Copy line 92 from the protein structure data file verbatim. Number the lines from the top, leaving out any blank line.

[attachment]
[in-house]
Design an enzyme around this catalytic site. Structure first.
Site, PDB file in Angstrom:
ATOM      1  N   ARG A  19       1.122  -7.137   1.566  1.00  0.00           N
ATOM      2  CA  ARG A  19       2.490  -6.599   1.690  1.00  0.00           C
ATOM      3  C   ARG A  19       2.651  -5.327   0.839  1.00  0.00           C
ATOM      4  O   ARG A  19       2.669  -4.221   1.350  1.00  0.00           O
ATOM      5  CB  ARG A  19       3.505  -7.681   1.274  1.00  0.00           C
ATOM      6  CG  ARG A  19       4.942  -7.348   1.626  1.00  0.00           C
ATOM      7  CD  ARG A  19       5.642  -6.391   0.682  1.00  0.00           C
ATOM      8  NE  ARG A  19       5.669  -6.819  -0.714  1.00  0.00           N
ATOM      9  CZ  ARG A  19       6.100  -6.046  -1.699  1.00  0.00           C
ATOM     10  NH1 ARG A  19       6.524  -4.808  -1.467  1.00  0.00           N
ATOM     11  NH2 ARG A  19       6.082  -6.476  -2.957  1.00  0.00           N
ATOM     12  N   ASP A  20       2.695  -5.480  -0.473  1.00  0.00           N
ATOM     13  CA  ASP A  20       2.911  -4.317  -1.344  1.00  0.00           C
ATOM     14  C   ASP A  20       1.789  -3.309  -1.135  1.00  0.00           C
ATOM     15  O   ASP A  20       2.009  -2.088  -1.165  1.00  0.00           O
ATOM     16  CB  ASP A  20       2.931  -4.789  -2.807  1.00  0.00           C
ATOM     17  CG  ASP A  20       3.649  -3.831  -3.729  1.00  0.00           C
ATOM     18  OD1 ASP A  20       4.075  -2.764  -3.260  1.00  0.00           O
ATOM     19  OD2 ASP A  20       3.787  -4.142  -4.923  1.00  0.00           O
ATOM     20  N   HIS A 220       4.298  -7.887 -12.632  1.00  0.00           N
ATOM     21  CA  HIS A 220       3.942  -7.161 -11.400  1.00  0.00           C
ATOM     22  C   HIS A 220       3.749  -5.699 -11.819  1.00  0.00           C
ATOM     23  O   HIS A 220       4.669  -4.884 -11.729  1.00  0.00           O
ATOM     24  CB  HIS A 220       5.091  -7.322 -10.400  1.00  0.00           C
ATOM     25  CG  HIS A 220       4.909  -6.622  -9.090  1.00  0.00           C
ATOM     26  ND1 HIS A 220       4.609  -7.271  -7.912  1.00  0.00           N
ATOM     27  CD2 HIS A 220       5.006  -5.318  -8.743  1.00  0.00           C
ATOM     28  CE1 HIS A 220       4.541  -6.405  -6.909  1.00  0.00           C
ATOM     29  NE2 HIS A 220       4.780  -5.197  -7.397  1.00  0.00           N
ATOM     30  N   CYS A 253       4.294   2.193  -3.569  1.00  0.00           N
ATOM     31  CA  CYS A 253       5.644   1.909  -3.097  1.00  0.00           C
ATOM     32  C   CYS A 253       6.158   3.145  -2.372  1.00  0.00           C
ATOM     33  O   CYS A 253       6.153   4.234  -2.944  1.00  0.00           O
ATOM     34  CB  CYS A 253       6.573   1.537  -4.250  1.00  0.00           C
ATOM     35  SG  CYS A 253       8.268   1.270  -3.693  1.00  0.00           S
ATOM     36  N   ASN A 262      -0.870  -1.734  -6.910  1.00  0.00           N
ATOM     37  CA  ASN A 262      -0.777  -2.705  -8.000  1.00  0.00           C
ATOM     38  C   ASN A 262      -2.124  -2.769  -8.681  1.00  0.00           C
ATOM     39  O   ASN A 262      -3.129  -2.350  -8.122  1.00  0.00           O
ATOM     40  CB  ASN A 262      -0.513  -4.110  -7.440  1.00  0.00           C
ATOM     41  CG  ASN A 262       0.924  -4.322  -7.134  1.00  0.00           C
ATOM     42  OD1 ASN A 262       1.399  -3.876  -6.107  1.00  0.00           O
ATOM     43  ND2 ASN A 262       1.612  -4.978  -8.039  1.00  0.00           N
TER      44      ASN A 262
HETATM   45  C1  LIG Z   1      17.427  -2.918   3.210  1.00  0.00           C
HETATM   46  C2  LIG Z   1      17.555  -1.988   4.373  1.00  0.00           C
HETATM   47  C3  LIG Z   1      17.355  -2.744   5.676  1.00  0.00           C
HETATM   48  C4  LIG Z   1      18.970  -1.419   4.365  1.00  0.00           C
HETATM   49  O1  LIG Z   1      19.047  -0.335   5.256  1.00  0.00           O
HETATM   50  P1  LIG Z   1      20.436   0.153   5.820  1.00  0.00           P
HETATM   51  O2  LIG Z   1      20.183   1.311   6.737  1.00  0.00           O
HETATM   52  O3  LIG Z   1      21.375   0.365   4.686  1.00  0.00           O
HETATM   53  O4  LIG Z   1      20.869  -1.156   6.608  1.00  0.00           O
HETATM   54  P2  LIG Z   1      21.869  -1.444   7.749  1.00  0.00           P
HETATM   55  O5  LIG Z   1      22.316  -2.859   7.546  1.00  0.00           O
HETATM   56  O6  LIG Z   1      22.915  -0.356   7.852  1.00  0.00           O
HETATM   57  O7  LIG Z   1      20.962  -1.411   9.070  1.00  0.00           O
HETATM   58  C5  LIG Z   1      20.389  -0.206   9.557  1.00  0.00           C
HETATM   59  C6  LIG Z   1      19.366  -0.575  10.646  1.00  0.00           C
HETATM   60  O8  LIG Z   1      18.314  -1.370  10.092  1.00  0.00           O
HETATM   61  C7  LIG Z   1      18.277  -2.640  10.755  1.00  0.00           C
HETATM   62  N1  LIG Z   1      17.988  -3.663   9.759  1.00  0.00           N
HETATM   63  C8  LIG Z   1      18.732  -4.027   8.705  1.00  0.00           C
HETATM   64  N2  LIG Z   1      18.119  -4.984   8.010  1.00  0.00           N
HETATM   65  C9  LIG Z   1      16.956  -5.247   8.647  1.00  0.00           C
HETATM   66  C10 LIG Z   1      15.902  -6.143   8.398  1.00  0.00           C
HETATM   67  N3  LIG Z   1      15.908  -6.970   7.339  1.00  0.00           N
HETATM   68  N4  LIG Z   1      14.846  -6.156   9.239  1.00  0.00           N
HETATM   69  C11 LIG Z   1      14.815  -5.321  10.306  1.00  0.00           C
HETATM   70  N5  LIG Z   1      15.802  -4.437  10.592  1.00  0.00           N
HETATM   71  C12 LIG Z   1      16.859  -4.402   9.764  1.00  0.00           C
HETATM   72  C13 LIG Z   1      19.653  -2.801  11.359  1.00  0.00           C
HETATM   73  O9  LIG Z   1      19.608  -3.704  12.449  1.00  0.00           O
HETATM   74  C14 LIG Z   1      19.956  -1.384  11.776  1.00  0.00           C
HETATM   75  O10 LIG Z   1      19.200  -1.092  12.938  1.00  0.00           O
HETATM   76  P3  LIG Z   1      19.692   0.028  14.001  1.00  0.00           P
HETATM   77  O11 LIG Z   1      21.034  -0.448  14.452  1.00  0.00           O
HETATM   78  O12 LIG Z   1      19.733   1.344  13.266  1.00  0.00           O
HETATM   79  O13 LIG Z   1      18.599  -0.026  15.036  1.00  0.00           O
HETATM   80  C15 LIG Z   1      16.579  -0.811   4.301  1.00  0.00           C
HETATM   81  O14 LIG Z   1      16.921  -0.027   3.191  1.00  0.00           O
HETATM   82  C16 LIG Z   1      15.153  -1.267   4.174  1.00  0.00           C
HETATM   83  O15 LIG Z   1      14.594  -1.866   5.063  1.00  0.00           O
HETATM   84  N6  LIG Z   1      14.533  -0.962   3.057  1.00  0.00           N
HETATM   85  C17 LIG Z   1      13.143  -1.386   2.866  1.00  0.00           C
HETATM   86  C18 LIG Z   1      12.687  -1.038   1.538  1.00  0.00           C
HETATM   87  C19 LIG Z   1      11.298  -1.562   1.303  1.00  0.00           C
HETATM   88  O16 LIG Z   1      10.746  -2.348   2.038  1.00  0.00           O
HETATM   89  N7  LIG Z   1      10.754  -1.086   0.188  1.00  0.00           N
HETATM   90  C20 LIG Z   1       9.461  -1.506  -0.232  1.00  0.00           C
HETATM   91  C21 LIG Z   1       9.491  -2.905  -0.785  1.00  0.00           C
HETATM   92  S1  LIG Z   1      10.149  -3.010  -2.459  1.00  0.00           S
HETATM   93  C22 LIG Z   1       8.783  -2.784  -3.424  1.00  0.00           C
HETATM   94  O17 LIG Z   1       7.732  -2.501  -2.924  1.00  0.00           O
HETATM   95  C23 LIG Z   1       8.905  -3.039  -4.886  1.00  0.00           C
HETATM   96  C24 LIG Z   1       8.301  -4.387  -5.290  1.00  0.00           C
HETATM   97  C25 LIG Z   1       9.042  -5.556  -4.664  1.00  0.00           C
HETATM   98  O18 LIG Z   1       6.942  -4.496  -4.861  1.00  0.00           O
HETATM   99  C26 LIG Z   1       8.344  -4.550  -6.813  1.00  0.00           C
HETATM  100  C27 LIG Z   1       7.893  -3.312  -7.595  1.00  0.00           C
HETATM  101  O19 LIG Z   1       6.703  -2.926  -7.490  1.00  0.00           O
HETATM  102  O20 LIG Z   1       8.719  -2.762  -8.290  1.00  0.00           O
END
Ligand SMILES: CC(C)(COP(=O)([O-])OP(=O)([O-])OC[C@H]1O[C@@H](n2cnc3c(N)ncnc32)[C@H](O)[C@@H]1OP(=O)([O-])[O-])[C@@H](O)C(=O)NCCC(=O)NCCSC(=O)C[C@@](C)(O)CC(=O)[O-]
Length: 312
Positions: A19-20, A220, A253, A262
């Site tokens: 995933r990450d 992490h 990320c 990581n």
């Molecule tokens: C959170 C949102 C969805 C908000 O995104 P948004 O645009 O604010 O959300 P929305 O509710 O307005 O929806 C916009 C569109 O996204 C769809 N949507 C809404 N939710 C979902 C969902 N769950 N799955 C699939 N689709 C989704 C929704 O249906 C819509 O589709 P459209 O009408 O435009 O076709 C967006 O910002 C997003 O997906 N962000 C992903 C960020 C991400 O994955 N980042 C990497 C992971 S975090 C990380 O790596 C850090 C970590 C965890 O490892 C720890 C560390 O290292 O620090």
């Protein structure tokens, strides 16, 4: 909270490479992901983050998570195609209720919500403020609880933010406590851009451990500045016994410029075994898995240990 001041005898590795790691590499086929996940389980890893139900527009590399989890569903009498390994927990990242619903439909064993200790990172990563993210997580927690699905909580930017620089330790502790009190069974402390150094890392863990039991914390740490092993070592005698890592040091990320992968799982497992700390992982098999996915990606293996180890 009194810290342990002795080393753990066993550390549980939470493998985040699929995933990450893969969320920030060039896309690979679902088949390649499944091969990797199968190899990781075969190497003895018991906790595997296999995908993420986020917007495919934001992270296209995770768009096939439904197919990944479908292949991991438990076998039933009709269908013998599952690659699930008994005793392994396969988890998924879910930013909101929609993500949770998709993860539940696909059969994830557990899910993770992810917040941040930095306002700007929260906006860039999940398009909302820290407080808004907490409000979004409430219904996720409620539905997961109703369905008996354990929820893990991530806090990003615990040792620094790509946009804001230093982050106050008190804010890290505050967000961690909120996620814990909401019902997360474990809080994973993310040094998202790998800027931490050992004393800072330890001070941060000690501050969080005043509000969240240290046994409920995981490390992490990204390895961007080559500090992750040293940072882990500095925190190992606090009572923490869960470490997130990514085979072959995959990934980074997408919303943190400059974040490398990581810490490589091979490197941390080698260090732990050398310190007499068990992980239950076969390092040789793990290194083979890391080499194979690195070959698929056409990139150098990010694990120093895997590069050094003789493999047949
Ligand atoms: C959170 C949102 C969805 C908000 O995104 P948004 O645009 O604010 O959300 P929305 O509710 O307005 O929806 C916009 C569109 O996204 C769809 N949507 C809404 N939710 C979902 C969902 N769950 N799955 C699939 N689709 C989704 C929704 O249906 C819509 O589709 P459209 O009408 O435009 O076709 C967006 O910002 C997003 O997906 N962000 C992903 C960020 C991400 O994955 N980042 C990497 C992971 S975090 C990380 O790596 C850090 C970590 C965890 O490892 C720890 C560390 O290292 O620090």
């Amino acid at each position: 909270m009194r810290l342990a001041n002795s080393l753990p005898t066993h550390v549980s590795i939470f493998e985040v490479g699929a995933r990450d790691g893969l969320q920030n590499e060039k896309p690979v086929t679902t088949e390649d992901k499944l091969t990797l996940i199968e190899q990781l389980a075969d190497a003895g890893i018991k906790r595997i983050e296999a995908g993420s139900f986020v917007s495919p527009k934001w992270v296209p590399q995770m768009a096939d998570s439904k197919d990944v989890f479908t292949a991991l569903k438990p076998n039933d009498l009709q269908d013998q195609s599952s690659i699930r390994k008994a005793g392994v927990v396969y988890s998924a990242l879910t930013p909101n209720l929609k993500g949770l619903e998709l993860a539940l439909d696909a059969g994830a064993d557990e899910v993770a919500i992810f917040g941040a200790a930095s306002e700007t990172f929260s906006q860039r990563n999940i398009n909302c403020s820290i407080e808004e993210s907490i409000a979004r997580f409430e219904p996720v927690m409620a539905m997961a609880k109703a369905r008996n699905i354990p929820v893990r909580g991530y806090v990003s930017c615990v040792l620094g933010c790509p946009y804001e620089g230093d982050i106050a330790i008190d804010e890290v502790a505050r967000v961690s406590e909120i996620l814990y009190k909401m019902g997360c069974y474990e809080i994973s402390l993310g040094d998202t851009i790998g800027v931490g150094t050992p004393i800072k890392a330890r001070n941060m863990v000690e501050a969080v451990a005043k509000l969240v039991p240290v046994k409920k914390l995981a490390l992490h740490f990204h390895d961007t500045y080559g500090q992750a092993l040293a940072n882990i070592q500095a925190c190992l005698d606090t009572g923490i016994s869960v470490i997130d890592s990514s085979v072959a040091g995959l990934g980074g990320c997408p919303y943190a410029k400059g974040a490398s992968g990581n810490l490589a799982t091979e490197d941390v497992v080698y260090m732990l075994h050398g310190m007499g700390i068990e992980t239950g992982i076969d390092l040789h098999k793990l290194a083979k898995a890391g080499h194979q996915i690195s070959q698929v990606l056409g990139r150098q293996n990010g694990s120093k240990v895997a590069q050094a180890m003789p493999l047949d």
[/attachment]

HETATM   89  N7  LIG Z   1      10.754  -1.086   0.188  1.00  0.00           N